The power of listening: Maisy's volunteering story
Six months ago, 19 year old Maisy Addison decided that she wanted to make a positive change to her life. Then she found out about volunteering with the Samaritans of Taunton and Somerset, a charity which offers emotional support to anyone who needs it. She applied straight away and soon realised that volunteering was exactly what she needed. In this blog, she explains why:
“I knew I wanted to do something to help others as I would like to work with people in my future career. I then found out about volunteering with the Samaritans. I had always thought that it was something someone my age couldn’t do, but as soon as I saw how easy it was to apply, I immediately did and was lucky enough to get an interview straight away.
“I was offered a role as a Volunteer Listener and before I began taking calls, I received excellent training to make sure I was comfortable and aware of the different types of enquiries and situations that might arise. I was then paired with another Samaritan, Alistair, who mentored me for a couple of months and supported me on my first real call. I owe my Samaritan progress to my amazing trainers and mentor who have gone out of their way to make sure I was comfortable and confident.
“Since becoming a volunteer with the Samaritans, I have found myself thinking more selflessly and realising that everyone has their own story, and that you never truly know what is going on in someone else’s life.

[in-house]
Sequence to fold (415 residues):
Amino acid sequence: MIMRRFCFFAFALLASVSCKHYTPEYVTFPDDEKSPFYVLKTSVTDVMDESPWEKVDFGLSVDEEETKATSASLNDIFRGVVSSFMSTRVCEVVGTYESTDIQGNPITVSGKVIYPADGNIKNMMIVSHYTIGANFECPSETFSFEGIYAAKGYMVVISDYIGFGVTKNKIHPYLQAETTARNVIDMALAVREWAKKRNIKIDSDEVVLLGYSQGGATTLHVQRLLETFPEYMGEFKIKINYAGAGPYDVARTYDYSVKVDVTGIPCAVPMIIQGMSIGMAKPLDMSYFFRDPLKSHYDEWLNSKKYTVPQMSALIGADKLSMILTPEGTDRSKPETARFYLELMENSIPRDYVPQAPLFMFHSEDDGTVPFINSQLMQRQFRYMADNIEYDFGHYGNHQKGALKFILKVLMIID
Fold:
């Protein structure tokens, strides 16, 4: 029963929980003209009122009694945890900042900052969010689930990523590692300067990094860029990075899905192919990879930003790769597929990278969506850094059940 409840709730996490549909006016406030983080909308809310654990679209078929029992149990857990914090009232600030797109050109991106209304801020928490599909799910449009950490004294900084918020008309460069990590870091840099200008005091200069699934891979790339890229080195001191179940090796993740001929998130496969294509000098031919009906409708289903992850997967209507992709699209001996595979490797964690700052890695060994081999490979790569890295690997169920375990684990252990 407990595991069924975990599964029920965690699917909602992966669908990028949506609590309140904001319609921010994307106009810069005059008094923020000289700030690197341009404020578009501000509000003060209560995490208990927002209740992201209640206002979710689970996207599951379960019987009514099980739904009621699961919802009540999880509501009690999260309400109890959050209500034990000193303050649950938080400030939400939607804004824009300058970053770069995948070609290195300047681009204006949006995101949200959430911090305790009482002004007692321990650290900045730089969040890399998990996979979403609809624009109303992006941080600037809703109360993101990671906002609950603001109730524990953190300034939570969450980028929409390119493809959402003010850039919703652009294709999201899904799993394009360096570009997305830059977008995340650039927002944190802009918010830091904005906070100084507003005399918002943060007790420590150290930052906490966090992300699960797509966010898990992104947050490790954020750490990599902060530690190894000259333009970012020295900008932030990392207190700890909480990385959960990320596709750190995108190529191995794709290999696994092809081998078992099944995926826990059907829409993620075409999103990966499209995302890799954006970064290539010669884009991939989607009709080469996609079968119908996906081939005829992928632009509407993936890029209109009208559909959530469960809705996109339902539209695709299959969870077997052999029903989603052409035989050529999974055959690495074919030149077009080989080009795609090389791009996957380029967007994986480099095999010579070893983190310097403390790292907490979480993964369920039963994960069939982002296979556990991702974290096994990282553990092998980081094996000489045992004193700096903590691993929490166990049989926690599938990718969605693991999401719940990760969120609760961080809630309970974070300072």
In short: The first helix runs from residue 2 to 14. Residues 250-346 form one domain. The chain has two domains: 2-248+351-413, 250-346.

"I find myself looking forward to my shifts because the feeling you get when you have helped make a stranger feel better by just listening to them is indescribable.
“I would recommend that others - especially the younger generation like myself - volunteer, because you will never find anything that will give you the same rewarding feeling of being a Samaritan. By offering a small amount of time where you can, you can give back to society and be there for people when they need it most.
“I think some people feel like volunteering is not for them, or that it's time-consuming, but it's a beautiful thing to do and genuinely rewards you in ways nothing else can.
“At the end of a shift, I always debrief with the leader. This is when I tell them what types of calls I received. Debriefing is great, because if I have taken a particularly difficult call, telling the leader about how it has made me feel means I don't take things home with me. The community of volunteers at Samaritans is supportive and caring. You never feel alone or like you can’t talk to someone because there is always somebody to reach out to, even when you are not on shift.”
“The Samaritans rely on people to volunteer as listeners so that they can be available to take calls 24 hours a day, 7 days a week. Anyone who is willing to give up a little bit of their time helps keep the service going.”
Alistair Hallows, Trainer and Vice-director at Samaritans of Taunton and Somerset, was Maisy's mentor. He said:
"In her short time with us, Maisy has been a breath of fresh air and we have all been impressed by her resilience, reflective nature, and determination to overcome obstacles to progress.
"She worked closely with colleagues in her training group, mostly in quite distinct stages of their respective careers, and engaged well with demanding training sessions and skills practice.
"Since completing the course, Maisy has moved onto the phones, firstly supervised by an experienced mentor with whom she struck up a super relationship. She is now fulfilling her share of shifts each month and working more autonomously. We have been very impressed with her so far and hope she will continue to thrive as a member of our team."
If you would like to join the Samaritans as a Listening Volunteer, like Maisy, click the link below to find out how.
If you are in need of emotional support, you can contact the Samaritans on 116 123, available 24/7.